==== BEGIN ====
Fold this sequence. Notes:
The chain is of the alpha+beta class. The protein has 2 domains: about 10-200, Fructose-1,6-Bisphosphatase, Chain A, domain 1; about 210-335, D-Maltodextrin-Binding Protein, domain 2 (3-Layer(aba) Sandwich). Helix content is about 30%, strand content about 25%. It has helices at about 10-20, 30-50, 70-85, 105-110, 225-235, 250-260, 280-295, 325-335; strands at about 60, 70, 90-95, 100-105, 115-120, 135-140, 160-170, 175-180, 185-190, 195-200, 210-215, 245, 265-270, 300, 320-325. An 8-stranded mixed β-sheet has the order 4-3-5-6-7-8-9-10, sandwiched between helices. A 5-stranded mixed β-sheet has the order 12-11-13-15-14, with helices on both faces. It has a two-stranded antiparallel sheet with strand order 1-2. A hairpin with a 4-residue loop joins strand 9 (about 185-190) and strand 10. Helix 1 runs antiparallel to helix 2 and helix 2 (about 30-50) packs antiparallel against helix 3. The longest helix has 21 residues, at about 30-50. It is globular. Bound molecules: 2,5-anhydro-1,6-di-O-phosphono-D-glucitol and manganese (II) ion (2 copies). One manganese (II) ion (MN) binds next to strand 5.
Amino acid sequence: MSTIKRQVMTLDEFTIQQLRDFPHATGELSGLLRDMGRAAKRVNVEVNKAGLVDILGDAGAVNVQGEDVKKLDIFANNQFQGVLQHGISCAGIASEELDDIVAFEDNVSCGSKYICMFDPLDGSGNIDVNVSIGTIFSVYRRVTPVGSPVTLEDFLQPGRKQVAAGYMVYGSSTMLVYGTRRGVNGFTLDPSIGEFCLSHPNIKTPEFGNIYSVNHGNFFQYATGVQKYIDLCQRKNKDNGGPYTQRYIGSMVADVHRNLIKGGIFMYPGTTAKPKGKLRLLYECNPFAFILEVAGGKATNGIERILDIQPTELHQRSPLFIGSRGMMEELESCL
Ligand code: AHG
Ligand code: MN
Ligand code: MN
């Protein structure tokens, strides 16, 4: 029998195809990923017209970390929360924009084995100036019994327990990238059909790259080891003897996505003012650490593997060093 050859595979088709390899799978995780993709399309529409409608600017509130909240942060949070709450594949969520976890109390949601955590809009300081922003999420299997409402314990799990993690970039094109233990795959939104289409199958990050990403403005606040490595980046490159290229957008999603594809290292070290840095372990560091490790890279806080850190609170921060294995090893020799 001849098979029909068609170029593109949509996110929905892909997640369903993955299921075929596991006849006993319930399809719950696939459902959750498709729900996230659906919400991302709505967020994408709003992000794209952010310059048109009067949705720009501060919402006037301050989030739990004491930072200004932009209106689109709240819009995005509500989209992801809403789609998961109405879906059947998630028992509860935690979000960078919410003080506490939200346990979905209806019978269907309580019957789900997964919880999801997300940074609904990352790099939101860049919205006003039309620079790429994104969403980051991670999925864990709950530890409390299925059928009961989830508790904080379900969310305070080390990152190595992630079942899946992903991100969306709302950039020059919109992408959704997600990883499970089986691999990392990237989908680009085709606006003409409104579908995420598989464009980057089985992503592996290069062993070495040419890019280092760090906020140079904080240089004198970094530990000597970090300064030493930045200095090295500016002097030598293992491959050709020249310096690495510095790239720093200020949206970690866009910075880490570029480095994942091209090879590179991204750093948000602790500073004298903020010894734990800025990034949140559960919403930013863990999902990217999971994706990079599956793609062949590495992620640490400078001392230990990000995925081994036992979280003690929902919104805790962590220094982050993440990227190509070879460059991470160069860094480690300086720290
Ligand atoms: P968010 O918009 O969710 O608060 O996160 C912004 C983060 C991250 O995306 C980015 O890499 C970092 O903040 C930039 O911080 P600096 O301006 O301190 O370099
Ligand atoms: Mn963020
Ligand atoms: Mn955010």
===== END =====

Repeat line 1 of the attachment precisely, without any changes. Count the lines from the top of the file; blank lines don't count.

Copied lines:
Fold this sequence. Notes: